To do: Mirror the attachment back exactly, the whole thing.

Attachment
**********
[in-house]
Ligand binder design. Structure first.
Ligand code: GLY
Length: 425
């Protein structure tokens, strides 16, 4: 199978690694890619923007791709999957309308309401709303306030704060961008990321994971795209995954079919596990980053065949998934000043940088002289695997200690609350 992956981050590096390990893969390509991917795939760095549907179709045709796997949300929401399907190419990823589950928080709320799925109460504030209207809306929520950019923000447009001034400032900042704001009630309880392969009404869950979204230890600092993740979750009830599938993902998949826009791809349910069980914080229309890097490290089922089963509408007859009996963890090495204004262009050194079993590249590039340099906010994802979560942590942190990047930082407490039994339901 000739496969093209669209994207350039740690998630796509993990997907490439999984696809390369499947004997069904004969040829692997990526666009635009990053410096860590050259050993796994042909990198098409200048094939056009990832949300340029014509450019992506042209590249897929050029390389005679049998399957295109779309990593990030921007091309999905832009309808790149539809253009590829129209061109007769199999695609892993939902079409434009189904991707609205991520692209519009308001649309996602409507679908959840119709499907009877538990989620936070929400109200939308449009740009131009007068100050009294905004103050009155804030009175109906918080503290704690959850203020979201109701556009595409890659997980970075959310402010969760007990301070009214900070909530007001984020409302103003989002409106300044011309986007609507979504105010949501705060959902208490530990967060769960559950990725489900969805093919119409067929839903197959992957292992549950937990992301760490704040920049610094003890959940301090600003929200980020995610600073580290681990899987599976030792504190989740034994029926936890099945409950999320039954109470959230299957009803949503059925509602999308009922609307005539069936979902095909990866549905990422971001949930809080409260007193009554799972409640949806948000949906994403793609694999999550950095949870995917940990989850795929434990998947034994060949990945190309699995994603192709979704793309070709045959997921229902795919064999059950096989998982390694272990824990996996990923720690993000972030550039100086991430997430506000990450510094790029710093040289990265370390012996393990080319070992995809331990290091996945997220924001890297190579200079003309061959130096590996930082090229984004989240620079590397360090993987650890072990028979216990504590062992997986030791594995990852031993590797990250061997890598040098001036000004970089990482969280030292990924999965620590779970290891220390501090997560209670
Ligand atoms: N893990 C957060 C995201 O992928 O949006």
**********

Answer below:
[in-house]
Ligand binder design. Structure first.
Ligand code: GLY
Length: 425
């Protein structure tokens, strides 16, 4: 199978690694890619923007791709999957309308309401709303306030704060961008990321994971795209995954079919596990980053065949998934000043940088002289695997200690609350 992956981050590096390990893969390509991917795939760095549907179709045709796997949300929401399907190419990823589950928080709320799925109460504030209207809306929520950019923000447009001034400032900042704001009630309880392969009404869950979204230890600092993740979750009830599938993902998949826009791809349910069980914080229309890097490290089922089963509408007859009996963890090495204004262009050194079993590249590039340099906010994802979560942590942190990047930082407490039994339901 000739496969093209669209994207350039740690998630796509993990997907490439999984696809390369499947004997069904004969040829692997990526666009635009990053410096860590050259050993796994042909990198098409200048094939056009990832949300340029014509450019992506042209590249897929050029390389005679049998399957295109779309990593990030921007091309999905832009309808790149539809253009590829129209061109007769199999695609892993939902079409434009189904991707609205991520692209519009308001649309996602409507679908959840119709499907009877538990989620936070929400109200939308449009740009131009007068100050009294905004103050009155804030009175109906918080503290704690959850203020979201109701556009595409890659997980970075959310402010969760007990301070009214900070909530007001984020409302103003989002409106300044011309986007609507979504105010949501705060959902208490530990967060769960559950990725489900969805093919119409067929839903197959992957292992549950937990992301760490704040920049610094003890959940301090600003929200980020995610600073580290681990899987599976030792504190989740034994029926936890099945409950999320039954109470959230299957009803949503059925509602999308009922609307005539069936979902095909990866549905990422971001949930809080409260007193009554799972409640949806948000949906994403793609694999999550950095949870995917940990989850795929434990998947034994060949990945190309699995994603192709979704793309070709045959997921229902795919064999059950096989998982390694272990824990996996990923720690993000972030550039100086991430997430506000990450510094790029710093040289990265370390012996393990080319070992995809331990290091996945997220924001890297190579200079003309061959130096590996930082090229984004989240620079590397360090993987650890072990028979216990504590062992997986030791594995990852031993590797990250061997890598040098001036000004970089990482969280030292990924999965620590779970290891220390501090997560209670
Ligand atoms: N893990 C957060 C995201 O992928 O949006």